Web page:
Thursday, January 22, 2009
Monday, June 23, 2008
Wednesday, June 11, 2008
Monday, February 18, 2008
Whenever Representative Price has been asked to support impeachment he has said that he is very concerned about the Administration's actions and that he is for resistance, but short of impeachment. This past week Price, along with all of the State's Democrats and Republican Walter Jones (only Virginia Foxx voted no), did vote (on H Res 982) to cite White House Chief of Staff Joshua Bolton and former White House Counsel Harriet Miers for contempt, because they ignored subpoenas by Congress regarding the alleged politically motivated firings of US attorneys. On the other hand, Price (and Butterfield, Etheridge, McIntyre, Shuler, and Miller) supported HR 5349, which would have extended the Protect America Act of 2007 (I think the final version is on thomas.loc.gov as S 1927) for 21 days. The 21-day extension, which was actually sponsored by the formerly pro-impeachment John Conyers, for domestic wiretapping failed to pass the House and so the program expired over the weekend. My understanding is that investigations begun under the Act can continue, but no new surveillance can be started under that Act, but the government should have no problem doing whatever it is doing if it goes through the existing Foreign Intelligence Surveillance Act, if it is not doing anything illegal, and companies remain open to lawsuits for betraying their customers to the government.
It looks like Price has bought into the Administration's criminality on this issue.
Of course this week our Republican senators voted against a bill that among other things outlawed waterboarding (this relates to HR 2082, and it passed) and tried to grant immunity to the companies involved in domestic wiretapping (AT&T, Sprint Nextel, and Verizon Communications), by voting yes on S 2248, and no on an amendment to that bill.
Friday, February 15, 2008
Wednesday, January 30, 2008
Kucinich Postpones Bush Impeachment Effort
WASHINGTON — After promising to mark President Bush's final State of the Union speech by introducing articles of impeachment against Bush, Cleveland Democratic Rep. Dennis Kucinich postponed the effort.
Kucinich said Monday that he met with members of the House Judiciary Committee after making last week's impeachment pledge. He said he came away "hopeful there will be an inquiry by the Judiciary Committee."
"I will give them the opportunity to proceed before introducing articles of impeachment," he said in a statement. The committee's spokeswoman did not respond to requests for comment.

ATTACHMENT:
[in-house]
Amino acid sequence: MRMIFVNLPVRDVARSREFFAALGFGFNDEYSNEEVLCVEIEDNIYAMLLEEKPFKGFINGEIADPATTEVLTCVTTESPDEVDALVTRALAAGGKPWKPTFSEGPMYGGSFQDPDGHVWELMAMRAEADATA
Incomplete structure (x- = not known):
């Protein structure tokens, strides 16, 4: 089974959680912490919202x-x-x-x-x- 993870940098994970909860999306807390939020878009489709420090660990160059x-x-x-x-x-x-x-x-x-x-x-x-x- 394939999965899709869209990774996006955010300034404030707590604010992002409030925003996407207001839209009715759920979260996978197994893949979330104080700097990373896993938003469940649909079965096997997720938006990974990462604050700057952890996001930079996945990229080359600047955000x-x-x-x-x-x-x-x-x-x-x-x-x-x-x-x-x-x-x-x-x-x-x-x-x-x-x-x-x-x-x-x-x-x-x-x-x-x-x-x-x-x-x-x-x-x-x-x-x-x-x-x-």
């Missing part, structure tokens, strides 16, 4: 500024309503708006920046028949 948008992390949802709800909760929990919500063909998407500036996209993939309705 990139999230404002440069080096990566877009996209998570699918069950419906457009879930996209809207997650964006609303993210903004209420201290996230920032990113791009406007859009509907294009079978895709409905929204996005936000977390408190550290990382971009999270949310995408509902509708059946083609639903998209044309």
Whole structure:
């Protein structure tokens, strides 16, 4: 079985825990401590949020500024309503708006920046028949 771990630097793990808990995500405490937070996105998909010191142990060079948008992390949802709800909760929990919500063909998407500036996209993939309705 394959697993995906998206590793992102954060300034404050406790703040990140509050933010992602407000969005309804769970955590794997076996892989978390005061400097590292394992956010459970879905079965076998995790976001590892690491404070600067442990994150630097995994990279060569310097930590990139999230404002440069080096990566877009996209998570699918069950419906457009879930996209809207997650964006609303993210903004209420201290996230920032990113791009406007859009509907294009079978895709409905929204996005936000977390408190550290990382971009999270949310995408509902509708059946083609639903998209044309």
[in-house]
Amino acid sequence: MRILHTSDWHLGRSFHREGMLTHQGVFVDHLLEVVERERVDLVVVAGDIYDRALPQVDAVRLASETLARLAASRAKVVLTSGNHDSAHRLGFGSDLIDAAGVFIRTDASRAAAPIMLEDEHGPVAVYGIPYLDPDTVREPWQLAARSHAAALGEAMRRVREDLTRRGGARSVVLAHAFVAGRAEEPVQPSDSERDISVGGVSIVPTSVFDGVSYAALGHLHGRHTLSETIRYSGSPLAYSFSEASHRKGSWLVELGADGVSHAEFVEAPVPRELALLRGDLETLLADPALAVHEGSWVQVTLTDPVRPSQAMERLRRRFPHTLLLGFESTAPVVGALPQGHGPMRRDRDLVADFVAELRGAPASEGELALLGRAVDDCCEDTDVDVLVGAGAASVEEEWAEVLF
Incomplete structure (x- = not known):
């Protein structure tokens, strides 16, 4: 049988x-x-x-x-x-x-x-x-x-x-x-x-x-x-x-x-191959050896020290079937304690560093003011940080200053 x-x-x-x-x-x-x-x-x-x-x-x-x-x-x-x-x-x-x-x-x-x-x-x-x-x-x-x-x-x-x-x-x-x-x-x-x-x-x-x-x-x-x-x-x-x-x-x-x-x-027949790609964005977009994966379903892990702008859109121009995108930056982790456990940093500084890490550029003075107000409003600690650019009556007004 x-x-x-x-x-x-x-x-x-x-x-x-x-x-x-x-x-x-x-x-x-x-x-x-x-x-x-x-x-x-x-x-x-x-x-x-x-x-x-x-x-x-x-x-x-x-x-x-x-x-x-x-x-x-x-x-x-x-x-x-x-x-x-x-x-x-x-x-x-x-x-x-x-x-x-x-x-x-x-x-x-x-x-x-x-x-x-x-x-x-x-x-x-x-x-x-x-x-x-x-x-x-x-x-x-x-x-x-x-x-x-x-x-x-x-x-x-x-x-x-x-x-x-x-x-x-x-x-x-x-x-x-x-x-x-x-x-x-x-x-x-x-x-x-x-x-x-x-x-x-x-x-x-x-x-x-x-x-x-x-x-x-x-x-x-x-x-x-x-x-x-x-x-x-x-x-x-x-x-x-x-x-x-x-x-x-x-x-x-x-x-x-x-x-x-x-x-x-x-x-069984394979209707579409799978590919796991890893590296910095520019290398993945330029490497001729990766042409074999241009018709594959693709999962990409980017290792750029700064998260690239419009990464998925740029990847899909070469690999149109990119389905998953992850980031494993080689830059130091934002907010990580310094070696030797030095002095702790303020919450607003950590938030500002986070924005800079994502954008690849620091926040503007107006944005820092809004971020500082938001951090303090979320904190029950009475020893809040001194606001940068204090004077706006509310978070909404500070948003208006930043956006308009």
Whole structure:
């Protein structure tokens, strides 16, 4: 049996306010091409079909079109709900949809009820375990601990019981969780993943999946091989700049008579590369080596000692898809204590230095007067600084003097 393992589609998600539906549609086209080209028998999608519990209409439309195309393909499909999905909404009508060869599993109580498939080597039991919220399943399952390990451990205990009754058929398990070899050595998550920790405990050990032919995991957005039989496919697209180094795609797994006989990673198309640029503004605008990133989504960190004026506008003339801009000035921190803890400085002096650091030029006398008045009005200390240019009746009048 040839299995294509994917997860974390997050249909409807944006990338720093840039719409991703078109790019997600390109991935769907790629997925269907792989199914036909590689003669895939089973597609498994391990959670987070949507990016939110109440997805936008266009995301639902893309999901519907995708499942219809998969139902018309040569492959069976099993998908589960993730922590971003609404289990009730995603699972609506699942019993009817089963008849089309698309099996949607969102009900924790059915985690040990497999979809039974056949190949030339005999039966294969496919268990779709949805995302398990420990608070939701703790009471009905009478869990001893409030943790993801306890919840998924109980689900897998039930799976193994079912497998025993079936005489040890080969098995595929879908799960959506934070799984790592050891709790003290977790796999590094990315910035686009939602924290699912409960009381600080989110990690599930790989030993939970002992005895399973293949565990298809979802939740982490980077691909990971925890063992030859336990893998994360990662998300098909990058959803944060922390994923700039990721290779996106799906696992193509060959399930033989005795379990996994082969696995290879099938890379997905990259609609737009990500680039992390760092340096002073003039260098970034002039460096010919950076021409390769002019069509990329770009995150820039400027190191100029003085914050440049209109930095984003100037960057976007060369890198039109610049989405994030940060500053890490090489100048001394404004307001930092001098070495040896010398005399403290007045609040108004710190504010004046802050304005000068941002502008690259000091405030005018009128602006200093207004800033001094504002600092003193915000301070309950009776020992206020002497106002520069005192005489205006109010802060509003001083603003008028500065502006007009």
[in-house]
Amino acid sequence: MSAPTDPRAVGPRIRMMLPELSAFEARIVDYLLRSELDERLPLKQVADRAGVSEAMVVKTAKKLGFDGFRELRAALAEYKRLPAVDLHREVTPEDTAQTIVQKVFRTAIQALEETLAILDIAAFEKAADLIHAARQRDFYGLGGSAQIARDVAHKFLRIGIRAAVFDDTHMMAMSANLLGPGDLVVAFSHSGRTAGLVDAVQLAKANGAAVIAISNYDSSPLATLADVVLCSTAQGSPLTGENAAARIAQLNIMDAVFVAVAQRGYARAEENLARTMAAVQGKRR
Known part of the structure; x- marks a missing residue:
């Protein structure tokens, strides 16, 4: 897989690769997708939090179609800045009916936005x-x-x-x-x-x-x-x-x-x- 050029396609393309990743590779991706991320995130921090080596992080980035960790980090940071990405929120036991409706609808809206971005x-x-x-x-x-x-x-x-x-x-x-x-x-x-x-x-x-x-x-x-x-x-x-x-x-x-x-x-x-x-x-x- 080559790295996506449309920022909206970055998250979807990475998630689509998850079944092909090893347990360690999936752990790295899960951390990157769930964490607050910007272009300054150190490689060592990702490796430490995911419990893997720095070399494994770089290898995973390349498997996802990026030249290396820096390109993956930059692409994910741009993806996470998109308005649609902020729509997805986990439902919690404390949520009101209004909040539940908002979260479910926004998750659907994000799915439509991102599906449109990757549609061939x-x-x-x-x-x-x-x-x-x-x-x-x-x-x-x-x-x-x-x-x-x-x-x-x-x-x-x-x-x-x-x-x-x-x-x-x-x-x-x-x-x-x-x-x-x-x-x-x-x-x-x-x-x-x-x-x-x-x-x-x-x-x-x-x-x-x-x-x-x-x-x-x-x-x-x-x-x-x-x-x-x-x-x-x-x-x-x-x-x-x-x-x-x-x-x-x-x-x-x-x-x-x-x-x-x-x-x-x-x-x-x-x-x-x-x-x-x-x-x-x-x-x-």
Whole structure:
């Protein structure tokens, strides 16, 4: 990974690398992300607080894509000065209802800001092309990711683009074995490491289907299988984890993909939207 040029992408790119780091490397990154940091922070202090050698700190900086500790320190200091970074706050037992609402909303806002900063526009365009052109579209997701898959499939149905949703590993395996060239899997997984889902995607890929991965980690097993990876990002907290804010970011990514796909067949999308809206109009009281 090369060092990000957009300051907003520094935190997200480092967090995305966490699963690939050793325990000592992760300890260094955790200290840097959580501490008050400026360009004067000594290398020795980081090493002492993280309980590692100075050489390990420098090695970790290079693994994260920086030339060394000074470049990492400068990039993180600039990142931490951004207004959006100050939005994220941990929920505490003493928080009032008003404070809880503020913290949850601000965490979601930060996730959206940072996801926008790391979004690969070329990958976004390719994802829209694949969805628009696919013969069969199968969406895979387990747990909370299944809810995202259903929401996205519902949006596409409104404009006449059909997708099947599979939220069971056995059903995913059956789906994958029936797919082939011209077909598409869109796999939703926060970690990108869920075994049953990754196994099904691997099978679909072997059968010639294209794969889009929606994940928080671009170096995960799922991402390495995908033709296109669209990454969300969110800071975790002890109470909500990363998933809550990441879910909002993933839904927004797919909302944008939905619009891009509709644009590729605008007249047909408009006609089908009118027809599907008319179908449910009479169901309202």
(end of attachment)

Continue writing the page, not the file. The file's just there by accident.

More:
Last year, Kucinich introduced a measure to impeach Vice President Dick Cheney that has collected 24 co-sponsors. His effort to bring the matter before the full House won support from Republicans who wanted to embarrass House Demo cratic leaders, but eventually was referred to the Judiciary Committee.
Kucinich told The Plain Dealer editorial board last week that nine of the Judiciary Committee's 40 members favor his bid to impeach Cheney.
"I do not believe that there will be an impeachment this year — I don't think that will happen — but I do think that the questions relating to an inquiry of both the president and the vice president are important so that our nation has a real understanding of the effort that was made, a consistent effort, to mislead the people into supporting a war," he said.
© 2008 The Plain Dealer
Friday, January 25, 2008
Kucinich Starts New Impeachment Drive
And today Mr. Kucinich took to the floor to fire off his latest salvo at the Bush administration: his plans to introduce Articles of Impeachment against President Bush on Jan. 28 - the day of Mr. Bush's State of the Union speech.
Accusing the administration of lying about the need for the war in Iraq, Mr. Kucinich said he did not need to hear the president's assessment. "We know the State of the Union," he declared. "It's a lie."
He also fired a volley at House Speaker Nancy Pelosi of California
who has maintained that impeaching Mr. Bush is not on the table for Congressional Democrats. "If impeachment is off the table," Mr. Kucinich said, "truth is off the table. If truth is off the table
then this body is living a lie."
Mr. Kucinich introduced Articles of Impeachment against Vice
President Dick Cheney last April and in November, with the surprise help of Republicans seeking to embarrass the Democrats, he nearly succeeded in securing an hour of debate on the House floor. House Democratic leaders blocked that, however, by referring the impeachment effort back to the Judiciary Committee.
Anti-Bush groups have been urging Mr. Kucinich to undertake an
effort to impeach the president.
Copyright 2007 The New York Times Company